The Guardian and the Washington Post won the Pulitzer Prize for public service journalism on Monday for their in-depth reporting on Edward Snowden's revelations about the National Security Agency and its vast global surveillance network.
The citations to the two newspapers do not mention specific journalists, but four people are seen as key to the award-winning efforts: Glenn Greenwald and Ewen MacAskill for the Guardian, the Washington Post's Barton Gellman, and documentary filmmaker Laura Poitras.
The following are penpix of the four journalists:
A former civil liberties lawyer, Glenn Greenwald arguably became the most prominent journalist involved in the reporting on the NSA programs, based on leaks by former NSA contractor Edward Snowden.
New York-born and Florida-raised, Greenwald specialized in litigating constitutional and civil rights cases before shifting in 2005 towards blogging, book-writing and what he calls "adversarial journalism."
The Snowden case exploded after Greenwald's article on June 5 stating that the NSA had collected millions of phone records from Verizon under a secret court order.
The journalist followed that with a series of exposes on the NSA, including on its sharing of data with British intelligence agency GCHQ and spying on world leaders.
Greenwald—who met Snowden in Hong Kong and obtained a trove of documents from him—has been both hailed and vilified for the revelations.
In October, Greenwald announced he was quitting the Guardian for an unspecified "dream" project.
Days later, it was revealed that he would join a news organization funded with $250 million from the founder of eBay, Pierre Omidyar.
First Look Media made its debut in February with an online publication called "The Intercept," publishing fresh revelations about NSA surveillance used for drone targeting.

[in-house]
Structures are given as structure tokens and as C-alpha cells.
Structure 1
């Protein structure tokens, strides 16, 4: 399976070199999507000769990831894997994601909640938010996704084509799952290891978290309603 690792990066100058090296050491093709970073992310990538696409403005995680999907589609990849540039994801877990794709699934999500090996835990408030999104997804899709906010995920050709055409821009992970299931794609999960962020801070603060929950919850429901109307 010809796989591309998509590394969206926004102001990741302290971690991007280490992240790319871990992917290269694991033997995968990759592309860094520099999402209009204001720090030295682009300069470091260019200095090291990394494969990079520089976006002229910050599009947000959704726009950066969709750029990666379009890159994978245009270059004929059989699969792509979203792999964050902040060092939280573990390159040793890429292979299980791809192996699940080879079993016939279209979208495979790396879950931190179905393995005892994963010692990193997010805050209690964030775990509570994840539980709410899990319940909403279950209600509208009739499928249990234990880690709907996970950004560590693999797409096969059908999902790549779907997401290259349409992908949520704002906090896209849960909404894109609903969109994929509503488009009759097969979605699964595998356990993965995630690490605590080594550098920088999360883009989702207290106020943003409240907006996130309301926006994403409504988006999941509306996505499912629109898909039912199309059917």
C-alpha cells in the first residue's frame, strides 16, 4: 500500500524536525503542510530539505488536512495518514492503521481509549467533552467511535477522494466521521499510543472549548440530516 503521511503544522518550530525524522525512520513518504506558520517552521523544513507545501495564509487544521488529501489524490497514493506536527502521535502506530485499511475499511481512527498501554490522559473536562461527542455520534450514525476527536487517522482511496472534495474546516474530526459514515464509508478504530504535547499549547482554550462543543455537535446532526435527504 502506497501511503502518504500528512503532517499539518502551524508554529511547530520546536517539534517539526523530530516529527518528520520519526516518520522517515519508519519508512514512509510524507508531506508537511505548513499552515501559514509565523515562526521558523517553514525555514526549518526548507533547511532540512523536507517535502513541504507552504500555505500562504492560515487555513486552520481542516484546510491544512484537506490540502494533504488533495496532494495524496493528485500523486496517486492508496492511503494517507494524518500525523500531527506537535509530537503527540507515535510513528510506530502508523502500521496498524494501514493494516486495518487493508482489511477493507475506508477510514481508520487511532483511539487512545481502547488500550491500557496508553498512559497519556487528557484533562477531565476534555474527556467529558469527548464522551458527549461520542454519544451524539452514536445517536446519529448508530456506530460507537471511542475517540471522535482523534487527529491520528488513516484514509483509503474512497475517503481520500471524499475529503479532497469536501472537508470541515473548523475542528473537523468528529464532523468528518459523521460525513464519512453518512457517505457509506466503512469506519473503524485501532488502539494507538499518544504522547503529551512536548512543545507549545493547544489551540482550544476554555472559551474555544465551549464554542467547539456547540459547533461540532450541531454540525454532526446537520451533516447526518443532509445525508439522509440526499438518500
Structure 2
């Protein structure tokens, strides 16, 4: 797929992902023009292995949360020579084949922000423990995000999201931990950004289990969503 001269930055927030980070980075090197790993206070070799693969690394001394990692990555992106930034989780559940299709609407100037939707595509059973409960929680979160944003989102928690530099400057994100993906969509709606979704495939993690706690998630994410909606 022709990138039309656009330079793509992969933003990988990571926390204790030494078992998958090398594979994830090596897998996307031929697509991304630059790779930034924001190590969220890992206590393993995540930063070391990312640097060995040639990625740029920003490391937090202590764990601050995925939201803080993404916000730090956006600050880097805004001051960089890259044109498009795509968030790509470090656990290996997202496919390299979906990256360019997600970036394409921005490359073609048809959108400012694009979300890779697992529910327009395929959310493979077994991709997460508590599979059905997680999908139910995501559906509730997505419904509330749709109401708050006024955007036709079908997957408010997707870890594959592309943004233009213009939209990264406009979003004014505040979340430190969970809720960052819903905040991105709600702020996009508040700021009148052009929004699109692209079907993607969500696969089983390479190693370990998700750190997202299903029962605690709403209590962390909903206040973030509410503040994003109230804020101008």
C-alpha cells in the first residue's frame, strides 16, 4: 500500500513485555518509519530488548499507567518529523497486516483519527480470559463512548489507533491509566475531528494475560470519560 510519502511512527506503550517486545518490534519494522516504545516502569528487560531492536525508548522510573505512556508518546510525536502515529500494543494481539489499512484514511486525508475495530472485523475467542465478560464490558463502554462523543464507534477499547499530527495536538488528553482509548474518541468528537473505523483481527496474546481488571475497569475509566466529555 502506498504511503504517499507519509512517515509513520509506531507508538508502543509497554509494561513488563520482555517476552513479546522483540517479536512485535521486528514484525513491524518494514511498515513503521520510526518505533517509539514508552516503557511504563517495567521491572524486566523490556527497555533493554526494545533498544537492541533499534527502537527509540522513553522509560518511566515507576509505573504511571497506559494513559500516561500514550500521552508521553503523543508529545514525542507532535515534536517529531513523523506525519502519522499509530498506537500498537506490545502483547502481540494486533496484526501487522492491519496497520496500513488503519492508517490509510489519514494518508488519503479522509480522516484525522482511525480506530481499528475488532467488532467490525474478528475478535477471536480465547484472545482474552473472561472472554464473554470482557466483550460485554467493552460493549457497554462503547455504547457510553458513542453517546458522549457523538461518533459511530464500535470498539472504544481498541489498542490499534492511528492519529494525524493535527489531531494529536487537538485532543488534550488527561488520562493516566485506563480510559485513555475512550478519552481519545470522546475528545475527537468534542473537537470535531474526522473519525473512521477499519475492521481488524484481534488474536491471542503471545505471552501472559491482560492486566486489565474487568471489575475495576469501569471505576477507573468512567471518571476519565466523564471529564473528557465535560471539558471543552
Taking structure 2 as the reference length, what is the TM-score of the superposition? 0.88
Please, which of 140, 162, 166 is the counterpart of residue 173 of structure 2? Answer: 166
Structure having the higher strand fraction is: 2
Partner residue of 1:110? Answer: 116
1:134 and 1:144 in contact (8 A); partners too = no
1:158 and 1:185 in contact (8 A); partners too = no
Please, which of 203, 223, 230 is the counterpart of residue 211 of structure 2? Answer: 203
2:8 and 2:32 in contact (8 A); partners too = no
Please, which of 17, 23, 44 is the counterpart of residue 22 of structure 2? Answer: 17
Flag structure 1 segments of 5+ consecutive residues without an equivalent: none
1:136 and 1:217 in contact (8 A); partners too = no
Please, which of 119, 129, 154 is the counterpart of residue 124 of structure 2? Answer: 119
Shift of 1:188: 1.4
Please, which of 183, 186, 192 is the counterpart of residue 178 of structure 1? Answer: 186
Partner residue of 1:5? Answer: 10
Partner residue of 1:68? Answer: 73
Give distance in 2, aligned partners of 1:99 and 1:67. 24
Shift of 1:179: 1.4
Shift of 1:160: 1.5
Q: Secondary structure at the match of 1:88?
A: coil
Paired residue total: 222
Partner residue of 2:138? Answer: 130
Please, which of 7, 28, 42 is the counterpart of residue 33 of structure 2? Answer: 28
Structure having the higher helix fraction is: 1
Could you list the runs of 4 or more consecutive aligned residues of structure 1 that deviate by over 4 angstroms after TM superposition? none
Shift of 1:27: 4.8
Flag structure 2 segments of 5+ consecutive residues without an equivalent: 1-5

Greenwald spends much of his time in Brazil, where he lives with his Brazilian partner.
He made his first public appearance in the United States since the Snowden revelations on Friday where he was among the recipients of the Polk Award for his NSA coverage, along with Poitras and Gellman.
A veteran journalist with two Pulitzer prizes already under his belt, Barton Gellman is no stranger to secrets.
Gellman shared the prestigious award in 2002 for coverage of the September 11 attacks, and again in 2008 for his revelations on the influence of vice president Dick Cheney during the presidency of George W. Bush.
But even before that, Gellman seemed focused on secrets.
As a Princeton University student in 1981, he denounced the school administration's "idiosyncratic preference for secrecy and closed-door decisions on the most basic issues facing Princeton," according to an account republished last year by the Daily Princetonian.
"Far more than at most universities, Princeton officialdom likes to go about its business without the messy complications of public debate. A newspaper should not—must not—tolerate this."
The comments suggested a career focused on unearthing and exposing news which could upset those in authority.
In the Snowden case, Gellman worked with Poitras, helping sift through documents and to determine whether to trust the fugitive ex-NSA contractor.
"Laura did not know who she was talking to," Gellman told NPR last year.
"He was only willing to talk through the use of these very secret, very secure channels, and she came to me one day and said, 'Can I talk to you in confidence?' And she showed me some of her notes of these conversations."
Gellman has stood by his decision to reveal secrets that the government wants to withhold.